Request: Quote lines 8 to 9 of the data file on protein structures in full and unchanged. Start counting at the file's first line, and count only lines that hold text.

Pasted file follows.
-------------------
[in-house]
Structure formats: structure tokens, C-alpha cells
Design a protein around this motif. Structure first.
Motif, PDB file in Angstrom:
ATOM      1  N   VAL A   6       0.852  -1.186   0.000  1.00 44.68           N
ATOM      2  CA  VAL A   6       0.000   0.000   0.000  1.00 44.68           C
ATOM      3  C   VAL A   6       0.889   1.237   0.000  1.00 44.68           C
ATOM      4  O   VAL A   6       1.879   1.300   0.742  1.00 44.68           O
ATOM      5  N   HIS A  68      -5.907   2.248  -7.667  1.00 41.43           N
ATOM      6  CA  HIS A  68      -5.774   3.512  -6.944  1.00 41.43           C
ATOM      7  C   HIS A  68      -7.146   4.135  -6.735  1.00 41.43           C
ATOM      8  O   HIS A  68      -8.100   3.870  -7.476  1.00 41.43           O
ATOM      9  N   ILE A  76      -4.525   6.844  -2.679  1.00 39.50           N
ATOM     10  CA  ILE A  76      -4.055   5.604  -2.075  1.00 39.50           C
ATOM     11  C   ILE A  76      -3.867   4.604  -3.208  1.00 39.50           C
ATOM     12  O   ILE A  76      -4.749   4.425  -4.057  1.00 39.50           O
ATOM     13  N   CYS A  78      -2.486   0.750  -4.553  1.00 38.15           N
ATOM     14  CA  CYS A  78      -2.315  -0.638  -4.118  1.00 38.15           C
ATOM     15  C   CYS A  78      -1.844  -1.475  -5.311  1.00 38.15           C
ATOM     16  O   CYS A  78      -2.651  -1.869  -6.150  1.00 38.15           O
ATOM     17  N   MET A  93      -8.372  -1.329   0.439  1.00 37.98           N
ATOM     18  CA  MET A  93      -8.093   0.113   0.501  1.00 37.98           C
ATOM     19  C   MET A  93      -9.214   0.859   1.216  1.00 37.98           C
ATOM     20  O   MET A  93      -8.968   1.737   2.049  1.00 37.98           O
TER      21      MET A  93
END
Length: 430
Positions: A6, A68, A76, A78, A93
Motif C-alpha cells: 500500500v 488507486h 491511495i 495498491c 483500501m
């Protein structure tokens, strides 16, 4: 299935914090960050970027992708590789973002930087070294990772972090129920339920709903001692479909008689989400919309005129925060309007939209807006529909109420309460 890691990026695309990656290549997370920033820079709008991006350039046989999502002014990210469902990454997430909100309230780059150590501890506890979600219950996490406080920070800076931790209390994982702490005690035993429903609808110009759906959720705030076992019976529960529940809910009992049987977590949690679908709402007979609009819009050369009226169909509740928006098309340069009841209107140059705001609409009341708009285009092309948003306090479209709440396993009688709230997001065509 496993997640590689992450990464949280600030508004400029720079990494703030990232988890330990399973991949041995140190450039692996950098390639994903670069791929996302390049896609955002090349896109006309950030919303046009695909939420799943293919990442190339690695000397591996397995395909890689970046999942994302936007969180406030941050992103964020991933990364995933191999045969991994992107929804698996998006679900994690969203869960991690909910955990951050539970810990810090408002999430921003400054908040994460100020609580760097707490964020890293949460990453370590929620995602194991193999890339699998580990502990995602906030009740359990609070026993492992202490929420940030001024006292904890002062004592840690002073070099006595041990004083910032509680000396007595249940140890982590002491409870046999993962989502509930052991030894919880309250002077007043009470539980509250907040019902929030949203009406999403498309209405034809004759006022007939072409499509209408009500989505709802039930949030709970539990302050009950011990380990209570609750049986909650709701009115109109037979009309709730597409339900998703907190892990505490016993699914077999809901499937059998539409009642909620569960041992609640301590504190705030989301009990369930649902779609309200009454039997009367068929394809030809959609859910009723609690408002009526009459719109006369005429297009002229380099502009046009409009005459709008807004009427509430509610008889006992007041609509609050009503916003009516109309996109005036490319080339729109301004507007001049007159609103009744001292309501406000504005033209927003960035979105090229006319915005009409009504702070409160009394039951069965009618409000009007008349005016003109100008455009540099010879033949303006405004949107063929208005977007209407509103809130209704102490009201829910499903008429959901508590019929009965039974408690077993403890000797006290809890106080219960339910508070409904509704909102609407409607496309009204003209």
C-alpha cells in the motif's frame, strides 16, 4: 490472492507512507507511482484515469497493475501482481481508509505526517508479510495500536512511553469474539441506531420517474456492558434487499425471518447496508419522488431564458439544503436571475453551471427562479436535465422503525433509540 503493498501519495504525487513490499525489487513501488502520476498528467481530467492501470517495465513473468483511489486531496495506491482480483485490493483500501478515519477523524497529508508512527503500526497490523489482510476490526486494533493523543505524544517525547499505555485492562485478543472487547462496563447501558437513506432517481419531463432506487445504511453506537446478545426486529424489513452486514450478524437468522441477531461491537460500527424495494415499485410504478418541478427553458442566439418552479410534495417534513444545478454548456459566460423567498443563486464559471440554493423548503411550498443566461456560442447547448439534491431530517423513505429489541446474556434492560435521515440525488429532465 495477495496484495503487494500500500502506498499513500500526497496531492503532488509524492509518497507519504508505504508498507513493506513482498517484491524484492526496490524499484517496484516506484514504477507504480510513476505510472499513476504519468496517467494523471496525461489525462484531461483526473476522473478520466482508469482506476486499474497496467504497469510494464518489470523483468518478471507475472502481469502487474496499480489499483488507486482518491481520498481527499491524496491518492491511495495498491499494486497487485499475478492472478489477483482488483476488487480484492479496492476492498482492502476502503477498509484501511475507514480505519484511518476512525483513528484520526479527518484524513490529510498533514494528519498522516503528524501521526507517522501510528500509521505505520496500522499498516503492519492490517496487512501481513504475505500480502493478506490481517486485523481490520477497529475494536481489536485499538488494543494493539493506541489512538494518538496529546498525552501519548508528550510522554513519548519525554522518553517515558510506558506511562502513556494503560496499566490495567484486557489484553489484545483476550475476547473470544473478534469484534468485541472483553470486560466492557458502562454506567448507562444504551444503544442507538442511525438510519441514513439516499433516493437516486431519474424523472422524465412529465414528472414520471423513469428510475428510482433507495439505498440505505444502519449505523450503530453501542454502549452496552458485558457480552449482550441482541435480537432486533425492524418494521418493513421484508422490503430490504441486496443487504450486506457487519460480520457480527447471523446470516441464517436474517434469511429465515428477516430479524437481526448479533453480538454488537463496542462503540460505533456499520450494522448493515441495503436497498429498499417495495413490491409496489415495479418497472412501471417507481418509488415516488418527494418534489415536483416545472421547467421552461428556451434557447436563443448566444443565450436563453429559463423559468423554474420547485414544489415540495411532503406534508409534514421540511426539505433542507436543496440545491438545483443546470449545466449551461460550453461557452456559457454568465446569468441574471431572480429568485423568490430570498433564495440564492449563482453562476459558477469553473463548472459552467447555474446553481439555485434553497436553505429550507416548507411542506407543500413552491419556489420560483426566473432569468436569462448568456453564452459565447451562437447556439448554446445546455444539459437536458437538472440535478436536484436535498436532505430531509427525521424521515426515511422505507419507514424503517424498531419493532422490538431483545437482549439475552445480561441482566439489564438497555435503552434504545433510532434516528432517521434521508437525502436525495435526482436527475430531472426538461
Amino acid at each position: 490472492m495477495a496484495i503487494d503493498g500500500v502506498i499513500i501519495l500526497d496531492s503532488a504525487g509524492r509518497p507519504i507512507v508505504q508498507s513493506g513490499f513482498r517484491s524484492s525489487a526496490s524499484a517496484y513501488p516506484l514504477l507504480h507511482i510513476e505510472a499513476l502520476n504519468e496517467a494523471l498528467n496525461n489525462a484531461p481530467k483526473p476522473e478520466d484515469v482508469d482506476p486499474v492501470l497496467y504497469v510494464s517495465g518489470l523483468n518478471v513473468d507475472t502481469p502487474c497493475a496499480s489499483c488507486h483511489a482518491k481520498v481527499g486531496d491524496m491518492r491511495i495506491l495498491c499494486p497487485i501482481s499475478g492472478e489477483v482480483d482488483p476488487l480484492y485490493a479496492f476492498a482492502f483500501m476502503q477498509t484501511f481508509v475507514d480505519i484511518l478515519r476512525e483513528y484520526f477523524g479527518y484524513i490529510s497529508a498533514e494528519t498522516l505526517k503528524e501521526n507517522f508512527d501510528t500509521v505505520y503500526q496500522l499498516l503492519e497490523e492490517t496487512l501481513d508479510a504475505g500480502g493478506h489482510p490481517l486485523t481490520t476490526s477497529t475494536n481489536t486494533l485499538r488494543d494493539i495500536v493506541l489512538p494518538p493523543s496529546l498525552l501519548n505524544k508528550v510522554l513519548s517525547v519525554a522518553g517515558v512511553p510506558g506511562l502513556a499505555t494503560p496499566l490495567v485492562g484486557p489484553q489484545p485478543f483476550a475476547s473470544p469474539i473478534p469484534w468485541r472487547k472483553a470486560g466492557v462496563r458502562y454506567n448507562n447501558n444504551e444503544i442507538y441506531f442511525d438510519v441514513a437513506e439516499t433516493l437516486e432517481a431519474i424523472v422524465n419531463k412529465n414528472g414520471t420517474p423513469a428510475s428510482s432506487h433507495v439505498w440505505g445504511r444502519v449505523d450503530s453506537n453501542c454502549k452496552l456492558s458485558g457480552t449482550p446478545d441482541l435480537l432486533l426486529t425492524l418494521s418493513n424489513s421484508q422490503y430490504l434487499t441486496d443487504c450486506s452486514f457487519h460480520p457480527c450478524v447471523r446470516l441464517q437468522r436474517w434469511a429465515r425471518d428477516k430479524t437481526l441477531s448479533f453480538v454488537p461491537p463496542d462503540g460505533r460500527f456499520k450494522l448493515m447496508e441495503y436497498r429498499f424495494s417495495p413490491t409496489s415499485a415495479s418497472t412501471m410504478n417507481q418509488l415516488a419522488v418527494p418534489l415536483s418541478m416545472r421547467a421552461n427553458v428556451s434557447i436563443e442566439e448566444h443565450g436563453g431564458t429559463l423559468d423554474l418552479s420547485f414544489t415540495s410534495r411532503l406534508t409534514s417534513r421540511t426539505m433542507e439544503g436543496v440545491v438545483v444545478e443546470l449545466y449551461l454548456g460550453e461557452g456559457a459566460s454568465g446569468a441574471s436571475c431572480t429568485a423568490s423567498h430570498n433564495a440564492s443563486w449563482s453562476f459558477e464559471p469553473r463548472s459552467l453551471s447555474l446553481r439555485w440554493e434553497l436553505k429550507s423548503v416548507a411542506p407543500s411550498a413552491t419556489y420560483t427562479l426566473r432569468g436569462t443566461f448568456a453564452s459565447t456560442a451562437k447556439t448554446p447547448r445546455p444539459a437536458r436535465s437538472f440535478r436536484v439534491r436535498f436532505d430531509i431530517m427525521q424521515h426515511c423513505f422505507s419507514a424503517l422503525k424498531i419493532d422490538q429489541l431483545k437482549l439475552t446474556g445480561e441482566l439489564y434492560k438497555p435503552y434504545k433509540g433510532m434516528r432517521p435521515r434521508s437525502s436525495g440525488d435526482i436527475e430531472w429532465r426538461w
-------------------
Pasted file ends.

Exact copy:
ATOM      4  O   VAL A   6       1.879   1.300   0.742  1.00 44.68           O
ATOM      5  N   HIS A  68      -5.907   2.248  -7.667  1.00 41.43           N